BEAUMONT, Hon. John (c.1636-1701), of Frith Street, Soho, Mdx.

Published in The History of Parliament: the House of Commons 1660-1690, ed. B.D. Henning, 1983
Available from Boydell and Brewer



9 Aug. 1689

Family and Education

b. c.1636, 2nd s. of Sapcote, 2nd Visct. Beaumont of Swords [I], of Cole Orton, Leics. by 1st w. Bridget, da. of Sir Thomas Monson, 1st Bt., of Carlton, Lincs. educ. Market Bosworth g.s.; Christ’s, Camb. matric 3 Nov. 1653, aged 17. m. (1) lic. 10 Sept. 1663, Felicia (d.1687), da. of Thomas Pigott of Chetwynd, Salop, wid. of William Wilmer of Sywell, Northants., and of Sir Charles Compton of Grendon, Northants., s.p.; (2) lic. 28 Sept. 1693, Philippa, da. of Sir Nicholas Carew of Beddington, Surr., s.p.1

Offices Held

Gent. of the privy chamber by June 1660; carver by 1679-?bef. 1682; equerry 1685-Sept. 1688.2

Capt. of horse 1666-7; capt. of ft. Holland Regt. (later The Buffs) Jan.-Mar. 1674; capt. of Gds. [I] by 1678; ?capt. (Dutch army) by 1684; lt.-col. Princess Anne’s Regt. (later 8 Ft.) 1685-Sept. 1688, col. Dec. 1688-95; lt.-gov. Dover Castle 1686-Sept. 1688, 1689-93.3

Commr. for assessment, Northants. 1664-79, Hastings 1689-90; j.p. Northants. 1665-?d., Leics. 1687-d.; freeman, Portsmouth Jan. 1688; commr. for lode-manage court, Cinque Ports 1689.4

FRS 1685.


Beaumont’s ancestor came to England during the reign of Edward I, and received a grant of Loughborough Castle and other lands in the Midlands. The first of the family to enter the House of Commons sat for Leicester in 1539. Beaumont’s father was in arms for the King, compounding for £1,414 5s. in 1649, though he claimed that besides the destruction of his house he had suffered losses of £10,000 in his personal estate. Beaumont himself joined Charles II in exile, and in 1663 Charles wrote personally to Lady Compton on behalf of Beaumont ‘who passionately desires to marry her’, promising ‘to continue his care of him’. But his career as soldier and courtier was intermittent. On the list of the Northamptonshire commission of the peace in 1682, he was noted as living out of England and not acting. He may have been the Captain Beaumont in the Anglo-Dutch brigade in 1684; but on the accession of James II he became an equerry. His return for Nottingham in 1685 was probably engineered by the recorder, the Duke of Newcastle (Henry Cavendish). He was named only to the committee of elections and privileges in James II’s Parliament. He was appointed second-in-command of one of the new regiments, but cashiered in 1688 for refusing to dismiss some of his men to create vacancies in his regiment for Irish Papists. On 25 Sept. he wrote to his niece:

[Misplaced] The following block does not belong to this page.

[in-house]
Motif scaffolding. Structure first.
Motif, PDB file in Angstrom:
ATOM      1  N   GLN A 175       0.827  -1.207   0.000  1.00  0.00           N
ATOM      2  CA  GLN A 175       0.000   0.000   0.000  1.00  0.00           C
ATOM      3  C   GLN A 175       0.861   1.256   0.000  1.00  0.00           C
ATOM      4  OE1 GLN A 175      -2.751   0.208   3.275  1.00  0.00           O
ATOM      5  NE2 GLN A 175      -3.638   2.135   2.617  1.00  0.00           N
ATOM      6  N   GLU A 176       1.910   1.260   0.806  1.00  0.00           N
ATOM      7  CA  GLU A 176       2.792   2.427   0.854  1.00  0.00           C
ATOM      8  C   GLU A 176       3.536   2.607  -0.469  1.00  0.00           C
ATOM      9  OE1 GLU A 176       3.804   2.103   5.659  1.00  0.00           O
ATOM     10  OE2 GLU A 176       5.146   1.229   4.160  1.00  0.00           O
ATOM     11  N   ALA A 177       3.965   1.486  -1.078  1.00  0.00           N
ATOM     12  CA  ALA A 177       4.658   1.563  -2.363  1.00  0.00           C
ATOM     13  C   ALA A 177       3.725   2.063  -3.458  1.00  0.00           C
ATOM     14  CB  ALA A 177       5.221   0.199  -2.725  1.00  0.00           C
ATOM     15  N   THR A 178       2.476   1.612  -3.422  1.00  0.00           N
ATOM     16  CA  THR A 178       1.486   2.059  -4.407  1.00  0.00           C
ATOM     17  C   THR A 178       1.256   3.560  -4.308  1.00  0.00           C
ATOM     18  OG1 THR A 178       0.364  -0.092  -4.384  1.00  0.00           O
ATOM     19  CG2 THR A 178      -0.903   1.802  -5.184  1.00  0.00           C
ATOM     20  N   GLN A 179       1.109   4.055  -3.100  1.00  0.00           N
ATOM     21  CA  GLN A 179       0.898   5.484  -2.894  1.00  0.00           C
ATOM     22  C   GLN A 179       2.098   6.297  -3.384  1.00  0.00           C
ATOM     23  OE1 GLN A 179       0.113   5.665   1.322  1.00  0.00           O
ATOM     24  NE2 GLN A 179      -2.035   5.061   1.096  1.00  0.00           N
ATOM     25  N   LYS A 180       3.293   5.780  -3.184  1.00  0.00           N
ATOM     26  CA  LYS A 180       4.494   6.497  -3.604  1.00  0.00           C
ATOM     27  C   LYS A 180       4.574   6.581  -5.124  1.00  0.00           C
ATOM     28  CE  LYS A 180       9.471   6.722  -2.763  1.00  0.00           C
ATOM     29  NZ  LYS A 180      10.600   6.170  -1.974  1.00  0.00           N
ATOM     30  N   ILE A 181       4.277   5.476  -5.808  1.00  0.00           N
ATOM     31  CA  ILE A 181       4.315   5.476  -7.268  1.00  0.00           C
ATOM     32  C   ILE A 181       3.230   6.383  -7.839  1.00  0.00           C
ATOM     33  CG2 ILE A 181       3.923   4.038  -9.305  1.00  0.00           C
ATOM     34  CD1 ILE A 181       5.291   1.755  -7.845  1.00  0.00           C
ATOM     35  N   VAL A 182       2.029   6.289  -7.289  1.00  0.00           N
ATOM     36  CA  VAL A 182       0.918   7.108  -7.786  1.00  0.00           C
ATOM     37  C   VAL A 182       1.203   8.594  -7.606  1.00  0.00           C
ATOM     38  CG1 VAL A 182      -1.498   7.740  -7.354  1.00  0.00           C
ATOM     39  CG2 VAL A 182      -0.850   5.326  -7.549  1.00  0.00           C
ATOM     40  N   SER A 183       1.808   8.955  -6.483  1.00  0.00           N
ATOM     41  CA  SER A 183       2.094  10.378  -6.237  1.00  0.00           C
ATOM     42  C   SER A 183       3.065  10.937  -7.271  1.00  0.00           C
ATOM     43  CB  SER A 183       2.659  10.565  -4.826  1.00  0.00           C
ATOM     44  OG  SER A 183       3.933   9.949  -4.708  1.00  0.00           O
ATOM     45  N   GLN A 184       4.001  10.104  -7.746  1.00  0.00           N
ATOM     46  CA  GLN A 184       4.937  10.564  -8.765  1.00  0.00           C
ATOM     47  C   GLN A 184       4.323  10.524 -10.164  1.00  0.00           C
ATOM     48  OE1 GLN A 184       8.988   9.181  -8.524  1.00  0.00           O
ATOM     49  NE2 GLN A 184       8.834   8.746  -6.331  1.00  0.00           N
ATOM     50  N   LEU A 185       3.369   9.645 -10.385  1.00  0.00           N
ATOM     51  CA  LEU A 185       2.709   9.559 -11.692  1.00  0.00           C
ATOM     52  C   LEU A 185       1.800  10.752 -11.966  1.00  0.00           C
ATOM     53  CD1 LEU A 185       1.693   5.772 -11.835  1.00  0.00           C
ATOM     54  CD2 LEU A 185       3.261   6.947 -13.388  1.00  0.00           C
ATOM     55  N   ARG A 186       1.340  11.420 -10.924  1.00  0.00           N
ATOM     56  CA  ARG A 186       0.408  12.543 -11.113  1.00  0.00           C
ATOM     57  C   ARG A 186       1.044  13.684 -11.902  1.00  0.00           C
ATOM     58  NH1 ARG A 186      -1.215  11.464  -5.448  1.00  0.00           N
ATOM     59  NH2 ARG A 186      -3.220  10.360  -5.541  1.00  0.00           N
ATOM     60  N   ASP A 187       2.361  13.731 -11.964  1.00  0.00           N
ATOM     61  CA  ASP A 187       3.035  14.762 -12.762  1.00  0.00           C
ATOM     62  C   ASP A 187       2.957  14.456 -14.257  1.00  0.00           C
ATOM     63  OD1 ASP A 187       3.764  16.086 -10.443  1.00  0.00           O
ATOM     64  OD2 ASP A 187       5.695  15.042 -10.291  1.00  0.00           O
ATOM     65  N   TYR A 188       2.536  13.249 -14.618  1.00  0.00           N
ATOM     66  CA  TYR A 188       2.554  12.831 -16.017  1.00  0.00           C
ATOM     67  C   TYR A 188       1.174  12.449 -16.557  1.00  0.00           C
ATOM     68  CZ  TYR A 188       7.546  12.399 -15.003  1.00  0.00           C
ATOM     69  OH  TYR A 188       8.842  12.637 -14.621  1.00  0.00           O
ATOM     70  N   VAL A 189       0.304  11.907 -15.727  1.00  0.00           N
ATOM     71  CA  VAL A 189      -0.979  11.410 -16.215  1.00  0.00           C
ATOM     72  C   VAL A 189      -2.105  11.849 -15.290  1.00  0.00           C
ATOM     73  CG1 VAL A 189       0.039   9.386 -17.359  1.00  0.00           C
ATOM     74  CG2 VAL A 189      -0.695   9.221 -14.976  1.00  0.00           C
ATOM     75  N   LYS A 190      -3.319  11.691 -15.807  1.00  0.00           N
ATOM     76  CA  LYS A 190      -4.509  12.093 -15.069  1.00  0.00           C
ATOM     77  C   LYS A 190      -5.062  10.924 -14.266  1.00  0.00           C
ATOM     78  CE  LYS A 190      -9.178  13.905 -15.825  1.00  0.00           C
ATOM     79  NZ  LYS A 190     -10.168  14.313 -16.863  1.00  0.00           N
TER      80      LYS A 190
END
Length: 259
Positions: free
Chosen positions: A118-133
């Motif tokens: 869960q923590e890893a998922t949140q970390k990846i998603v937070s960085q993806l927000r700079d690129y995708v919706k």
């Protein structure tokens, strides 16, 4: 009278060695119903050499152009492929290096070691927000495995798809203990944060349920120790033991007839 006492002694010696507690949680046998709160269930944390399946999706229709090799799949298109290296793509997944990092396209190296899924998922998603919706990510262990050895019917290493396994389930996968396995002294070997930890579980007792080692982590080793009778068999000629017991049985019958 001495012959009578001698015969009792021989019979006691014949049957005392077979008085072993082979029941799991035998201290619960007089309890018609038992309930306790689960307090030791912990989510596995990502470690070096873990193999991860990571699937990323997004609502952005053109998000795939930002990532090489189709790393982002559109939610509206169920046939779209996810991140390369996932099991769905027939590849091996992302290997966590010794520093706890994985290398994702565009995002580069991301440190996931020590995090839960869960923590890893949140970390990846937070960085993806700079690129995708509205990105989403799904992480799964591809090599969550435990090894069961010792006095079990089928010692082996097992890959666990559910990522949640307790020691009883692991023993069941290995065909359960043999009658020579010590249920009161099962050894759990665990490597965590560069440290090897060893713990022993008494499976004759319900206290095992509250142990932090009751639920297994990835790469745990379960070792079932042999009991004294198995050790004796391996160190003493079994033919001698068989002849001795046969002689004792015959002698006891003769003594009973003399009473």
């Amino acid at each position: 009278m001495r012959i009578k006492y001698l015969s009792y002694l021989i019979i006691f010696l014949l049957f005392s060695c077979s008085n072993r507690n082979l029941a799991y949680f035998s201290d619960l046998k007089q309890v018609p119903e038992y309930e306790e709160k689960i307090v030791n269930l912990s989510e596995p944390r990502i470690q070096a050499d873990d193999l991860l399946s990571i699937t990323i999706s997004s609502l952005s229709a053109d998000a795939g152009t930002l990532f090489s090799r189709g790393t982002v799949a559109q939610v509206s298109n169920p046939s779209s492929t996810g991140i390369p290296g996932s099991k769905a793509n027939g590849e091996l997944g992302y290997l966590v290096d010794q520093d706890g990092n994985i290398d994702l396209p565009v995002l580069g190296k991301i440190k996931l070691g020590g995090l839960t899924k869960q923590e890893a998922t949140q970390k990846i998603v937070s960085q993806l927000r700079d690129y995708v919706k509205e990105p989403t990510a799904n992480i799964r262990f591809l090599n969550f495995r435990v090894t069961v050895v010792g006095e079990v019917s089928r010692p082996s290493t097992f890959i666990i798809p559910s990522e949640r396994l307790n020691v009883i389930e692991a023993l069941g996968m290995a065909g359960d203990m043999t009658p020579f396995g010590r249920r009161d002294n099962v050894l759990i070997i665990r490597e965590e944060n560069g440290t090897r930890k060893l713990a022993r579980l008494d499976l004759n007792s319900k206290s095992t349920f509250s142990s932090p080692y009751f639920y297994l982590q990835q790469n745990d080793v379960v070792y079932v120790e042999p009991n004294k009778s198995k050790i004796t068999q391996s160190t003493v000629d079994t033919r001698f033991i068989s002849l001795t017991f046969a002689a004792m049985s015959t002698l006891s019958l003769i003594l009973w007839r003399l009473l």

It is true as you have heard, I have lost my command and place, but neither honour nor a good conscience. Though I have not left so much as to live splendidly, yet I hope enough to be independent and contented. The general distraction all the nation is in, with the alarum of the Dutch invading us, makes it difficult for me to take any measures how I shall dispose of myself, being desirous to see the nation settled before I betake myself to that sort of life I propose, which is privacy. I have freed myself of all my encumbrances, dismissed my servants, sold my goods; one servant and myself is all my family in a private lodging. ... I have lost a thousand pounds income within this sixteen months; do not bemoan me for I esteem myself happier than ever. ... The first northeast wind we expect the Dutch will land, but I hope the business will be soon decided and we may see happier days. Make much of your good husband, praise God and preserve your religion.5

Beaumont joined William ten days after the landing, and was mentioned as a possible candidate for Nottingham at the general election of 1689. Once again in royal favour, he was promoted colonel of his old regiment and restored to his position as lieutenant governor of Dover Castle. Presumably it was in this capacity that he went down to Hastings to find a fit successor to his distant cousin, John Ashburnham II, who had been given a peerage. The electors ‘did me the honour to choose me’, he wrote, ‘though I had the opposition of the sheriff and the country gentry’. The unsuccessful candidate petitioned, and while the case was before the elections committee Beaumont complained to the House that his letters from his constituents were being opened in the post, no doubt on the instructions of John Wildman I. Meanwhile as a court Tory he had become a moderately active Member of the Convention, his four committees including that to consider the second mutiny bill, though his election was not finally upheld till 17 Jan. 1690, and then only by a narrow majority.6

Beaumont was re-elected at the general election but continued to pursue an active military career, serving at the battle of the Boyne and the siege of Namur in 1692 until he resigned his commission in December 1695. He died on 3 July 1701.7

Ref Volumes: 1660-1690

Author: Basil Duke Henning


  • 1. DNB; W. C. Compton, Hist. Comptons, 104, 118; Nichols, Leics. iii. 738-9, 744; Diary of Thomas Isham of Lamport, 148.
  • 2. Carlisle, Privy Chamber, 165; Cal. Treas. Bks. viii. 504, 509.
  • 3. CSP Dom. 1665-6, p. 557; HMC Ormonde, n.s. ii. 212; J. Childs, Army of Charles II, 243; Luttrell, ii. 224, 339.
  • 4. R. East, Portsmouth Recs. 368; CSP Dom. 1689-90, p. 210.
  • 5. CSP Dom. 1663-4, p. 269; SP29/421/216; H. R. Knight, Hist. Recs. of the Buffs, i. 176, 180; Clarke, Jas. II, ii. 168-9; A. E. B. Macdonald, Fortunes of a Fam. 90-91.
  • 6. HMC 7th Rep. 226; R. Morrice, Entering Bk. 2, p. 415; CSP Dom. 1689-90, p. 219; CJ, x. 334; Add. 33512, f. 118.
  • 7. Luttrell, ii. 491, 492; iii. 564.